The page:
Introduction: Percutaneous cryoablation (PCA) has emerged as an alternative to extirpative management of small renal masses (SRMs) in select patients, with a reduced risk of perioperative complications. Although disease recurrence is thought to occur in the early postoperative period, limited data on long-Term oncologic outcomes have been published. We reviewed our 10-year experience with PCA for SRMs and assessed predictors of disease progression. Materials and Methods: We reviewed our prospectively maintained database of patients who underwent renal PCA from March 2005 to December 2015 (n = 308). Baseline patient and tumor variables were recorded, and postoperative cross-sectional imaging was examined for evidence of disease recurrence. Disease progression was defined as the presence of local recurrence or new lymphadenopathy/metastasis. Results: Mean patient age was 67.2 ± 11 years, mean tumor size was 2.7 ± 1.3 cm, and mean nephrometry score was 6.8 ± 1.7. At mean follow-up of 38 months, local recurrence and new lymphadenopathy/metastasis occurred in 10.1% (31/308) and 6.2% (19/308) of patients, respectively. Excluding patients with a solitary kidney and/or von Hippel-Lindau, local recurrence and new lymphadenopathy/metastasis occurred in 8.6% (23/268) and 1.9% (5/268) of cases, respectively. Kaplan-Meier estimated disease-free survival was 92.5% at 1 year, 89.3% at 2 years, and 86.7% at 3 years post-PCA. Increasing tumor size was a significant predictor of disease progression (hazard ratio 1.32 per 1-cm increase in size, p = 0.001). Conclusions: PCA is a viable treatment option for patients with SRMs. Increasing tumor size is a significant predictor of disease progression following PCA.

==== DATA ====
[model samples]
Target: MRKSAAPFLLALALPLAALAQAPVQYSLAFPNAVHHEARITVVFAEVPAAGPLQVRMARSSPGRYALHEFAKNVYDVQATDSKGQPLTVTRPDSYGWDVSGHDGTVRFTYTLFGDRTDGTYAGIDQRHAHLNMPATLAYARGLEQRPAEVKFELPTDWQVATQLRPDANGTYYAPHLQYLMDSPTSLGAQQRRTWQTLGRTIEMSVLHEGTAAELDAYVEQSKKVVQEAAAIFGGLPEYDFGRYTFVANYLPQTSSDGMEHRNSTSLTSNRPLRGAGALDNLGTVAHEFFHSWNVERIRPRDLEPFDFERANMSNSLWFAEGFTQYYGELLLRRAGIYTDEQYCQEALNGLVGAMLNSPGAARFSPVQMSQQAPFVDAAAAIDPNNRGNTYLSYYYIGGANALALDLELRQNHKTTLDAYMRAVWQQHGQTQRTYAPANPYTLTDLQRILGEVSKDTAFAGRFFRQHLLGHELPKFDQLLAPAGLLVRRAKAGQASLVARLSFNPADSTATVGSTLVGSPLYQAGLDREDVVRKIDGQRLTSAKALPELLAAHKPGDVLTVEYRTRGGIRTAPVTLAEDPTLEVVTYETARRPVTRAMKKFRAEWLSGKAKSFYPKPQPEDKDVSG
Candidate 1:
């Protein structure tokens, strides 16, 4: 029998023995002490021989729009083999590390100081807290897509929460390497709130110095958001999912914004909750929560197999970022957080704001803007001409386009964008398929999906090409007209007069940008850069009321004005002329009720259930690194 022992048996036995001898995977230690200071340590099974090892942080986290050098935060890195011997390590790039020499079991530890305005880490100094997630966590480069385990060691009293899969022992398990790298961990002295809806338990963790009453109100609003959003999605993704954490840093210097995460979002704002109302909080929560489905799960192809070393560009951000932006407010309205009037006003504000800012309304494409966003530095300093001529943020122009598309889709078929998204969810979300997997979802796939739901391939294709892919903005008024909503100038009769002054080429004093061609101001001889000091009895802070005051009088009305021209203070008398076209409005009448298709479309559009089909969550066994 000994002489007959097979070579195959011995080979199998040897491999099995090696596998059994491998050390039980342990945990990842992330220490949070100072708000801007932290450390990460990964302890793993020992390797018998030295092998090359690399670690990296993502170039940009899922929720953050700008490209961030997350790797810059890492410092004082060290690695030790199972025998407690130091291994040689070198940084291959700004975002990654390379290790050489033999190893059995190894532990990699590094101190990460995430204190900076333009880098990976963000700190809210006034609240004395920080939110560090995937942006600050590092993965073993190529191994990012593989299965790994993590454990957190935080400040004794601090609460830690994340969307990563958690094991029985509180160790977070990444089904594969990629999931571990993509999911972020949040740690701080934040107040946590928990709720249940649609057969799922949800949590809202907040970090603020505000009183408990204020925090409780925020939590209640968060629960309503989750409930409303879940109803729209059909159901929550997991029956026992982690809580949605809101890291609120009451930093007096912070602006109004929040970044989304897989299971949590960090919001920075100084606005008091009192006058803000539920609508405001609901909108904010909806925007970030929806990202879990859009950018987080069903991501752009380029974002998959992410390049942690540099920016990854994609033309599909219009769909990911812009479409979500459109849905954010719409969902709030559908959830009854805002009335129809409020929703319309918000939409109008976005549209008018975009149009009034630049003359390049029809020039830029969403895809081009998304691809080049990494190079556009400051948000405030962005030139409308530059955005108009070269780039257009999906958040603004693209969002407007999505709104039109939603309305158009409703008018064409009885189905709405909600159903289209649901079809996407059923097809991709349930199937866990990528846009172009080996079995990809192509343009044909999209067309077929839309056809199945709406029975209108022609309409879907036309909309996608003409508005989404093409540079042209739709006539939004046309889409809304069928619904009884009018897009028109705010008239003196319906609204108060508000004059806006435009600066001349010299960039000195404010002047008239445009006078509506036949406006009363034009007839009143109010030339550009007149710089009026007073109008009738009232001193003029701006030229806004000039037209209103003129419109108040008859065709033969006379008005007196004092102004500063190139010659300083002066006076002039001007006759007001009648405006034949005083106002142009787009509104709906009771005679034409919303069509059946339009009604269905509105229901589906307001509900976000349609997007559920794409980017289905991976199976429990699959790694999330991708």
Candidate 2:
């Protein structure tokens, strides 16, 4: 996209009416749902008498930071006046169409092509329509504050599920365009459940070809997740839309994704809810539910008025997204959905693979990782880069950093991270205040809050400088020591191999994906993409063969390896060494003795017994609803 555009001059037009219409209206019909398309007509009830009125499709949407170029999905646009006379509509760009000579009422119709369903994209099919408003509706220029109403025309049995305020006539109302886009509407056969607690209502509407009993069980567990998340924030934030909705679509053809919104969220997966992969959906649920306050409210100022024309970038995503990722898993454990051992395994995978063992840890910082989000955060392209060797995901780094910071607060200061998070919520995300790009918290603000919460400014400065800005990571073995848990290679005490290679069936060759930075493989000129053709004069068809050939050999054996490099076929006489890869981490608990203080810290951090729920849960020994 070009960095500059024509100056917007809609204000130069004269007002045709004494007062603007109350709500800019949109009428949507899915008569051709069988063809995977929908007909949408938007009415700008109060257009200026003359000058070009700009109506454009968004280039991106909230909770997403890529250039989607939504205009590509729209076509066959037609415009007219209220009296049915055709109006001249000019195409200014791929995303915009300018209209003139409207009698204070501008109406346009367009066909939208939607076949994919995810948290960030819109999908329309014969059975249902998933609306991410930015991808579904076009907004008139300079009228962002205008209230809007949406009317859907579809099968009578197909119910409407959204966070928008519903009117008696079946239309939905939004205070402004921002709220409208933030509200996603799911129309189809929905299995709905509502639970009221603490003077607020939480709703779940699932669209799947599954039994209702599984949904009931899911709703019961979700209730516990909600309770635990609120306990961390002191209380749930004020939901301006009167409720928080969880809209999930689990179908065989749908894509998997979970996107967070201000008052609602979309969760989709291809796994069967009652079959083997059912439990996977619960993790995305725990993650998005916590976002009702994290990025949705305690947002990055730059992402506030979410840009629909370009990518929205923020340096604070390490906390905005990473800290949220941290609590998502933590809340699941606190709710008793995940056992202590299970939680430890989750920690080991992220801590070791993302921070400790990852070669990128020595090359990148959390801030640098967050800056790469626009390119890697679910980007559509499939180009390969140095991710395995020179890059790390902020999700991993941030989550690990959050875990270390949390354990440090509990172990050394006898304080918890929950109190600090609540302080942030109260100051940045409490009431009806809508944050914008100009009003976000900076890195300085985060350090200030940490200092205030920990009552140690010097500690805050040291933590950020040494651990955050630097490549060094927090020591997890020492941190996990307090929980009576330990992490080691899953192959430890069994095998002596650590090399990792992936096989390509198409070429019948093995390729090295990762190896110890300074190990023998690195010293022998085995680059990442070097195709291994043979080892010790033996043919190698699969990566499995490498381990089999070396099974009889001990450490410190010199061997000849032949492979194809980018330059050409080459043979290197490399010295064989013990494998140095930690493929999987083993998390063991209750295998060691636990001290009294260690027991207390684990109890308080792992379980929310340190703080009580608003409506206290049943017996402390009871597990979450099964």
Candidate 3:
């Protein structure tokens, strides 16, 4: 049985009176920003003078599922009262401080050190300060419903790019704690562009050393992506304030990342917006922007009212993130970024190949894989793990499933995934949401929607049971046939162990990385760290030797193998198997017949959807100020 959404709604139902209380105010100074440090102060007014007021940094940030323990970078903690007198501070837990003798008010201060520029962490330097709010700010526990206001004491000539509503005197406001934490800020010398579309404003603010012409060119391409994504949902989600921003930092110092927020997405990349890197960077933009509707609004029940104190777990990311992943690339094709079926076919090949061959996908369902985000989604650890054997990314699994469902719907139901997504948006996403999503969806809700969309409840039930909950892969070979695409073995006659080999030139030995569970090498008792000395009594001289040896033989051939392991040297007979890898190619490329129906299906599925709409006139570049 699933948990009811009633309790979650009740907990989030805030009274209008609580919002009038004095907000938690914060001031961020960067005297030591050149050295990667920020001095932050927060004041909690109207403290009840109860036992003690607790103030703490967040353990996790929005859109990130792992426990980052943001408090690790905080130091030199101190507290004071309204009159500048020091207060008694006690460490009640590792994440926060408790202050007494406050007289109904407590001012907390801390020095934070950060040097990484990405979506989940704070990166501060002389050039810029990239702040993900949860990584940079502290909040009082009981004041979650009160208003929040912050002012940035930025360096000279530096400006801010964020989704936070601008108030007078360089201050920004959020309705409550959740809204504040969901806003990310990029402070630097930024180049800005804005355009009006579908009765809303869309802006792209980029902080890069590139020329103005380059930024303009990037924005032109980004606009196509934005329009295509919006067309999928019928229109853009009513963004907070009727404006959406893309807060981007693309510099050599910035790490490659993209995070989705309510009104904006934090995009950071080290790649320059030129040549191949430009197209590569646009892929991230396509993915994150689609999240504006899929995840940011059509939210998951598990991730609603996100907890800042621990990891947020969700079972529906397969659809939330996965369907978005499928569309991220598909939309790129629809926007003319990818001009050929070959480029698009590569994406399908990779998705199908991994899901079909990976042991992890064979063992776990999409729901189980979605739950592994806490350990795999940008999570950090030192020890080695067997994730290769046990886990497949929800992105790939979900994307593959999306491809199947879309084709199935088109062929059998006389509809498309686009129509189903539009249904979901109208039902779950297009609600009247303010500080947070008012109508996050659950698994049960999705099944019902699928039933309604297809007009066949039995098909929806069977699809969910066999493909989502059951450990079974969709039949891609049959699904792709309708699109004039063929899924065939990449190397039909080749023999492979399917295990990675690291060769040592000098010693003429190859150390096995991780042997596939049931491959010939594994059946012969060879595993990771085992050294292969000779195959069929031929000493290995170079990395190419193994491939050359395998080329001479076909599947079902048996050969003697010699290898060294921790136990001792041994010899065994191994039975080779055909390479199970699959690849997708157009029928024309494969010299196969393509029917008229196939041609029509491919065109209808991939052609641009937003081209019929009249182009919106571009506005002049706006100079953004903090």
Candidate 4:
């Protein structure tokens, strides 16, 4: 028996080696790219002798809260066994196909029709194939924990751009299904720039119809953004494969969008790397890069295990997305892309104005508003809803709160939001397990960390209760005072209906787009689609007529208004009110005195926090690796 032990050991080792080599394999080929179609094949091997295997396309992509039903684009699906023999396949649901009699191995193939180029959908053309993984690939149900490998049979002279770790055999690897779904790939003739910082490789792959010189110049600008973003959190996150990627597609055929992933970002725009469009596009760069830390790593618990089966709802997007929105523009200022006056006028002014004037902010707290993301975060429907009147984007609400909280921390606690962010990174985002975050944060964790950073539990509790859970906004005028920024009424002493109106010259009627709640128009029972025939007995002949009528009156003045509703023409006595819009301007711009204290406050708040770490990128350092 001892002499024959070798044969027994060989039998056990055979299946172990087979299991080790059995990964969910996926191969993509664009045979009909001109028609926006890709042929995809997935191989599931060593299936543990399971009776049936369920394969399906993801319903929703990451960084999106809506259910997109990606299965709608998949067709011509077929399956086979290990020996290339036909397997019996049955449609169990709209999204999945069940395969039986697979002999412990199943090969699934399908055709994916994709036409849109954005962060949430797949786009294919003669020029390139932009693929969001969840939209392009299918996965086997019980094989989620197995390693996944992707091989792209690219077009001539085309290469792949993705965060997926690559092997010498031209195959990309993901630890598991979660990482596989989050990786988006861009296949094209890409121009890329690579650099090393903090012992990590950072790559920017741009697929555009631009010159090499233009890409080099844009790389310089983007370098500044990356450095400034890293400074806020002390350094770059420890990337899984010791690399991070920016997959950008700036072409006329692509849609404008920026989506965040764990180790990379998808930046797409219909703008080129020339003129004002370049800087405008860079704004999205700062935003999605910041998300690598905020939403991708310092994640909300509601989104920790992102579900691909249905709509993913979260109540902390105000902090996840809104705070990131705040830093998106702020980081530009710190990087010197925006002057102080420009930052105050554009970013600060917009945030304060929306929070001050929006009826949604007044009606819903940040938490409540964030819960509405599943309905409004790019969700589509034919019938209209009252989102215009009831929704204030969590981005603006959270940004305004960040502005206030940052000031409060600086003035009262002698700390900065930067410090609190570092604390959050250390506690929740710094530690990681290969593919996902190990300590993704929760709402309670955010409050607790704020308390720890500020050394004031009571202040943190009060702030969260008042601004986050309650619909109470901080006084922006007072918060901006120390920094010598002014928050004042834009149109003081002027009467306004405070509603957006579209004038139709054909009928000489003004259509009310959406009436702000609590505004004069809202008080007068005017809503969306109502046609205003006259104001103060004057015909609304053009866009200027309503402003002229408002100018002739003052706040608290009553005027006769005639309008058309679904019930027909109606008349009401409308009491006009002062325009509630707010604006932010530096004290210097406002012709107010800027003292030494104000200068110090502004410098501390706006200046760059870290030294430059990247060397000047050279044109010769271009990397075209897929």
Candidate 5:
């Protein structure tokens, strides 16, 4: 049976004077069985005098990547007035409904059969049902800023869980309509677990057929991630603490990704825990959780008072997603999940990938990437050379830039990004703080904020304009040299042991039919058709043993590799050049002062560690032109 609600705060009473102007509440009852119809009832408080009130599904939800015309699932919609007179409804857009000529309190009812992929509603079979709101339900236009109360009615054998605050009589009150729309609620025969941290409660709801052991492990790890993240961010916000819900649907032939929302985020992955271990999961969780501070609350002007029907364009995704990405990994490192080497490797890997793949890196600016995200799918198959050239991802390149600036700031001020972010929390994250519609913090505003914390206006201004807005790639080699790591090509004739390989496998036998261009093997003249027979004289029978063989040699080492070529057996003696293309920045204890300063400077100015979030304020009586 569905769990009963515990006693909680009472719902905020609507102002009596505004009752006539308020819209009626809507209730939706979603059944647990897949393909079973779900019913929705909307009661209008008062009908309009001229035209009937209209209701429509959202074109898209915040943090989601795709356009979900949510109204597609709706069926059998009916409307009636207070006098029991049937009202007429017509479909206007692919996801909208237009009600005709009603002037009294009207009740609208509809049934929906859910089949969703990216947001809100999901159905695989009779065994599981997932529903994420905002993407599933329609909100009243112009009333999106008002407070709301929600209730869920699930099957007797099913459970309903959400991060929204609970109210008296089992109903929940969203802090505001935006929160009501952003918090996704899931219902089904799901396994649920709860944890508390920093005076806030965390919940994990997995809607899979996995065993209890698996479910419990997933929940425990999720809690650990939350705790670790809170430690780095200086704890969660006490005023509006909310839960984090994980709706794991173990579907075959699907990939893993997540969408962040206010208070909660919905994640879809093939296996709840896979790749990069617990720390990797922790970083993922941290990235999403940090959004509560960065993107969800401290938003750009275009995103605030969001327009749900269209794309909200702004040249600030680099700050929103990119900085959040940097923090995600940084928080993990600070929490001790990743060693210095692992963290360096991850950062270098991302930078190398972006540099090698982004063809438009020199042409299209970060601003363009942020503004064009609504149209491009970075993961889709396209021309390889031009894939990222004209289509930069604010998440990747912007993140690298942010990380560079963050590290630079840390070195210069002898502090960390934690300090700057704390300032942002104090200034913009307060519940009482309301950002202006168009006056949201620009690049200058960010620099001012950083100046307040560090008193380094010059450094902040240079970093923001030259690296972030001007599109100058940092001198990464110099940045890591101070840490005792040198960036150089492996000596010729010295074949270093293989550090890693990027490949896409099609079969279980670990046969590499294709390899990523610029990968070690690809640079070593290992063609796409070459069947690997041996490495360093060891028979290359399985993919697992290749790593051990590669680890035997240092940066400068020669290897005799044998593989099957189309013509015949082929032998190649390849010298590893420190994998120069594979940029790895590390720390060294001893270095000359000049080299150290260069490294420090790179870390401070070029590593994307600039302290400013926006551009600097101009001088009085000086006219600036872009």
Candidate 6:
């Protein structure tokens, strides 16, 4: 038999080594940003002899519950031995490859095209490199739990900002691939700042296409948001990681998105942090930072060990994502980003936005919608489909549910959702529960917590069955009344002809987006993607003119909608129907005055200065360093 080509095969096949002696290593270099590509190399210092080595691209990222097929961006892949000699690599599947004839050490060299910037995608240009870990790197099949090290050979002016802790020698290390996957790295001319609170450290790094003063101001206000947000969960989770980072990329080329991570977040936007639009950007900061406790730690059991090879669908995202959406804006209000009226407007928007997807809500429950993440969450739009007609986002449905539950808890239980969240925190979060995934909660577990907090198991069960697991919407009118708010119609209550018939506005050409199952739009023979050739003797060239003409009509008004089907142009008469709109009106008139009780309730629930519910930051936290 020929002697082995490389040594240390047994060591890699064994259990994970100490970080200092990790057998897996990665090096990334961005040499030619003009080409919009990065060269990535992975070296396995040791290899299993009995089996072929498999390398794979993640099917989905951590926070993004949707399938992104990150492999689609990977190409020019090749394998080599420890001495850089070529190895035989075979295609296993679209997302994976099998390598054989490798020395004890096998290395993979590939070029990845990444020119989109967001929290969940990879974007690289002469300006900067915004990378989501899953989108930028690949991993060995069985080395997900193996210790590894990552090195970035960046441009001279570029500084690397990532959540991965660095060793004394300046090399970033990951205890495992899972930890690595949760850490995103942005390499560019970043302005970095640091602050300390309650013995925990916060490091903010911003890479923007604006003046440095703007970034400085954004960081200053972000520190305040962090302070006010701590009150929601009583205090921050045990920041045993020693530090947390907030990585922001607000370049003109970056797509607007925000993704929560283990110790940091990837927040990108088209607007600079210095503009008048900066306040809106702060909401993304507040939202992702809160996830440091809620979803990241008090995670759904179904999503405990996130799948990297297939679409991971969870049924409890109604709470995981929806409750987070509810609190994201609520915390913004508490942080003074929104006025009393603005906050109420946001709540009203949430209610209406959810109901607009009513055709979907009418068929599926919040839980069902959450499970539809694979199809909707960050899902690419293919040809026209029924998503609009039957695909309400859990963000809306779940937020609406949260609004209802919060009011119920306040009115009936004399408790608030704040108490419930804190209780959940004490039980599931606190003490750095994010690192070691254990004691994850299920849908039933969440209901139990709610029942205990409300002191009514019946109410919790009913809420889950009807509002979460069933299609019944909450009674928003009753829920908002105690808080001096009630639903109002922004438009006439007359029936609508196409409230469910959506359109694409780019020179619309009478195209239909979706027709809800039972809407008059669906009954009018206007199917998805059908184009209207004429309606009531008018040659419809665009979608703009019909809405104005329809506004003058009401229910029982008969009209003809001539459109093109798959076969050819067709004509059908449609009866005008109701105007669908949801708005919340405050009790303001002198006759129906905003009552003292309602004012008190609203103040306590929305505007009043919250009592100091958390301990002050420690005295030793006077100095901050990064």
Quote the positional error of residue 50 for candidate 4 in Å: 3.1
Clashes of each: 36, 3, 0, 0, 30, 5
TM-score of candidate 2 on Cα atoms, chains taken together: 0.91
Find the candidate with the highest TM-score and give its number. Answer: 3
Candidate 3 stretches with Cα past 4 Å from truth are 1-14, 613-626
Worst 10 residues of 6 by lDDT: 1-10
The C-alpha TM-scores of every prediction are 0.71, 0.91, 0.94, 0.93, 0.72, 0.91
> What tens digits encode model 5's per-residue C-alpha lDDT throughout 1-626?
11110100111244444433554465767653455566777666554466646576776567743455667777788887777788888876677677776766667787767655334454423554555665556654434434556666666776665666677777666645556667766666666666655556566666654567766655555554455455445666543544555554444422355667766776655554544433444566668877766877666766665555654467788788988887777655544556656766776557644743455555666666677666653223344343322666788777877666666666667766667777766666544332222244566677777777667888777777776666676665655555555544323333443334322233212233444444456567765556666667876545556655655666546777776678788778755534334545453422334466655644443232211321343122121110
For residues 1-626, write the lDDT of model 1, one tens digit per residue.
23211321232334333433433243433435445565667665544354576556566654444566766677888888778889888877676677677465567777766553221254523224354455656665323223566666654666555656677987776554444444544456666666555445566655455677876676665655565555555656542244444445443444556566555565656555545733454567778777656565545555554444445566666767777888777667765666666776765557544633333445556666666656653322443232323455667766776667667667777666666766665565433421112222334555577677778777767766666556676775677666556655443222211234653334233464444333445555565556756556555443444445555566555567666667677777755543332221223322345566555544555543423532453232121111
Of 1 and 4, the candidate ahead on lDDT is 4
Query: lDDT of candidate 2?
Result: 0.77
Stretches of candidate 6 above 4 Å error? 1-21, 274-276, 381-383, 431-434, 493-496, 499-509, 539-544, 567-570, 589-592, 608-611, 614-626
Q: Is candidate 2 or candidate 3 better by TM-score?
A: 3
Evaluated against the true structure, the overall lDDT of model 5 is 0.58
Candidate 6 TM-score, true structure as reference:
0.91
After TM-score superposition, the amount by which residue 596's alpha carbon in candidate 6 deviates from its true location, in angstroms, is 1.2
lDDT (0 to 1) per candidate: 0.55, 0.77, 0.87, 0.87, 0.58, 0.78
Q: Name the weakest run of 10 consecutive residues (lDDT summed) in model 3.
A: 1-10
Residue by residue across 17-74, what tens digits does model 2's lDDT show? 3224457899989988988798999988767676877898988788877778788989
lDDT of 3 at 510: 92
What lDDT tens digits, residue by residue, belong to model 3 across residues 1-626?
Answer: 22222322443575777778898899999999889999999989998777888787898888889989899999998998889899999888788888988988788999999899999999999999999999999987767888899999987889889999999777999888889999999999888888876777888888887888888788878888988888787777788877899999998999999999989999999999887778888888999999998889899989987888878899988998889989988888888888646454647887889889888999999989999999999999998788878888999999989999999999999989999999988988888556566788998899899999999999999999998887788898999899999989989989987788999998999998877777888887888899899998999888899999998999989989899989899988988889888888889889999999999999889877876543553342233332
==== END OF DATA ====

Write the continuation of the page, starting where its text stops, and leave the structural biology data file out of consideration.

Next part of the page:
- disease progression
- renal cell